The following commentary is from the EWTN series, The Papacy: A Living History, The Papal Artifacts Collection of Father Richard Kunst. The presentation frame was featured on the second episode of the series, Popes of the 20th Century. The DVD is available from EWTN.
Here is Father’s Commentary:
The term, ‘presentation frame’, is used by collectors to describe a framed photo signed by a personality–whether a pope or a head of state–when it is a gift from that person. So the frame itself is actually important, and in this case, this silver frame has the coat of arms of Pope John XXIII at the top, which shows that it came right from him directly. So it’s a great black and white portrait of him, and he signed it with his name in 1960.
Viewing this photo reminds us that each priest and bishop, and each Holy Father has a unique personality. And John XXIII really had a unique personality. He was referred to as ‘Good Pope John,’ and he was a very jovial guy. He was quite large and his personality shone through every inch of his body. He was such a happy man, and people felt good around him. He was always joking. When he was first elected, (and we’ve seen this on film) the story is that when he appeared as the newly elected pope, he told the people to go home and kiss their children for him.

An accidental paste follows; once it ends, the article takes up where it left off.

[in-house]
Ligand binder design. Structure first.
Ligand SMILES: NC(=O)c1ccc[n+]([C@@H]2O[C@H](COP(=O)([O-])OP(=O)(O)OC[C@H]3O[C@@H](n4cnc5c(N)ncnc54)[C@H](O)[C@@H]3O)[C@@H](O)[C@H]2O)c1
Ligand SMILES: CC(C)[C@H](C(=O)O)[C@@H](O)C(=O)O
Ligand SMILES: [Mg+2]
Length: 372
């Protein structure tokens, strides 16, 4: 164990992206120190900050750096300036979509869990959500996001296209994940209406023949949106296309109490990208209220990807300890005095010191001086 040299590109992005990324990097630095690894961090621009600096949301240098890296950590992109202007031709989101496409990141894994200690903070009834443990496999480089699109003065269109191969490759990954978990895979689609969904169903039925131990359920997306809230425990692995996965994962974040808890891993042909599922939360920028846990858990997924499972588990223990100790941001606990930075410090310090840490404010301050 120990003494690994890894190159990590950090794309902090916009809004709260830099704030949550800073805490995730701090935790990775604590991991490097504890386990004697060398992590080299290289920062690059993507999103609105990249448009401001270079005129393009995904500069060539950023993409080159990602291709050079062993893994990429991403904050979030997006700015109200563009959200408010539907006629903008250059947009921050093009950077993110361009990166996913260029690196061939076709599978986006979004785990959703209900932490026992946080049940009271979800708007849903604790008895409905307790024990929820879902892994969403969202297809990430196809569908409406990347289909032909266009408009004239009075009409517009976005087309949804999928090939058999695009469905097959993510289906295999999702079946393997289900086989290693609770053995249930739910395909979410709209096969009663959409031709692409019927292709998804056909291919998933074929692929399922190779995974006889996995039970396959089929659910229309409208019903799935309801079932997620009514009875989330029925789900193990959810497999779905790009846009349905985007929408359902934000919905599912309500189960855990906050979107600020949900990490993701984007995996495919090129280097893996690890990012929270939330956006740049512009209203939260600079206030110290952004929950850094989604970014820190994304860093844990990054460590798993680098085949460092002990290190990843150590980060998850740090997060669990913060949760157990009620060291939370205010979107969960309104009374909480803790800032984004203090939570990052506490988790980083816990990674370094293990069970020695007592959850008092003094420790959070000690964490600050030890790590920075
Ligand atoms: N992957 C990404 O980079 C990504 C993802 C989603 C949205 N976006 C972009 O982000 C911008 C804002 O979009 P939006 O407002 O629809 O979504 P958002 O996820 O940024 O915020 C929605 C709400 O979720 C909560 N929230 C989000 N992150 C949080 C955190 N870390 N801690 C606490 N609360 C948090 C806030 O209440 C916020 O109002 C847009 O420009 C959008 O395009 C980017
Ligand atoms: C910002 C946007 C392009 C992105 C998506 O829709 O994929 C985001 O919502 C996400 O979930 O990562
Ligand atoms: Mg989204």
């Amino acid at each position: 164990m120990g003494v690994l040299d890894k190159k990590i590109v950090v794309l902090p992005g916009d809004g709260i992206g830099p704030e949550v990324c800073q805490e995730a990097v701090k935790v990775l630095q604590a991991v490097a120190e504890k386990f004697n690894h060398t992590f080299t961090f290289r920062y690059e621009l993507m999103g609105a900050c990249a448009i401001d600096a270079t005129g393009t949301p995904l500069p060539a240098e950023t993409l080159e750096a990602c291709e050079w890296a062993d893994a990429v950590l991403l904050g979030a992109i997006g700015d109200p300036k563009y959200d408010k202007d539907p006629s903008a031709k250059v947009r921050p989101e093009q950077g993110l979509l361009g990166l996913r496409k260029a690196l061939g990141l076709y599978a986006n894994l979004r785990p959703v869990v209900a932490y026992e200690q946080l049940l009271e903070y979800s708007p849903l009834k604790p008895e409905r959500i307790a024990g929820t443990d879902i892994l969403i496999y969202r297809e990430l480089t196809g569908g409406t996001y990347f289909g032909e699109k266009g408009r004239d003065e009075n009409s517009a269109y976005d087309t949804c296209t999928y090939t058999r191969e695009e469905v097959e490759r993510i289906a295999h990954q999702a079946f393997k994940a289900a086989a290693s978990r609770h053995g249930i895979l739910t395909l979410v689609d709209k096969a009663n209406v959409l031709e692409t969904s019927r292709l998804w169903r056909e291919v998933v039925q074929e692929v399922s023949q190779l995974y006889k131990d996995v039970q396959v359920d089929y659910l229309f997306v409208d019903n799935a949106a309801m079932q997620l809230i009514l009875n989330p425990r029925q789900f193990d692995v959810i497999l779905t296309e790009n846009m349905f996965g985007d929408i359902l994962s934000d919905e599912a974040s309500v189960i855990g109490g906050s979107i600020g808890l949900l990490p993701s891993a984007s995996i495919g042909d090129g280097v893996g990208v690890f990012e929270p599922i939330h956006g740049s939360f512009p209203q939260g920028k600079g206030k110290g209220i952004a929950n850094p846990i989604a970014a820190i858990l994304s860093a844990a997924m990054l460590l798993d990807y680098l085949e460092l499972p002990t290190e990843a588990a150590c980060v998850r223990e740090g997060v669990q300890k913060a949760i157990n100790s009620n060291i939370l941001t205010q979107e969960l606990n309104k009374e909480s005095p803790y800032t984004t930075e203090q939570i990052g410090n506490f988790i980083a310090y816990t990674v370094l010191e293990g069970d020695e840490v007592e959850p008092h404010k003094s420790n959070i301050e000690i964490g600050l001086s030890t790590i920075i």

Also, he had the famous answer to the question, “How many people work in the Vatican?” And he answered, “Oh, about half of them!” And so we can see his personality was bigger than life. His body was bigger than life. He was just a happy, joy-filled man. And we often saw that personality manifested.
People oftentimes referred to him as a very grandfatherly individual, that he had a Grandpa-like quality, both in his genuineness and in his joy. One of the stories that floats around Rome is that he snuck out of the Vatican sometimes and would suddenly appear at one of the colleges or universities or hospitals or a religious order. He’d just show up at the door, for supper, maybe. In a black cassock! He would leave the Vatican as a simple priest. And of course, this was to the horror of the Swiss Guard.
He’s not the only pope to have done this. Several others have as well. But John XXIII seems to have the most urban legends around his leave-taking from the Vatican for a dinner or any number of things.
There is still a great devotion to Blessed John XXIII who was beatified by Pope John Paul II—and, of course, Pope Francis will canonize both of them in April 2014.
John XXIII was beatified with Pope Pius IX. Even today in St. Peter’s Basilica, you can see Pope John’s body. At first he was buried in the crypt. For his beatification they exhumed the body and then put him in the altar of the ‘Death of St. Jerome,’ his favorite altar.
I have been able to say Mass over his body several times. In fact, I said Mass there the year he was beatified.
It’s a great experience to see the Holy Father, the Good Pope John, with your own eyes. When you’re at his altar, there is always someone praying there.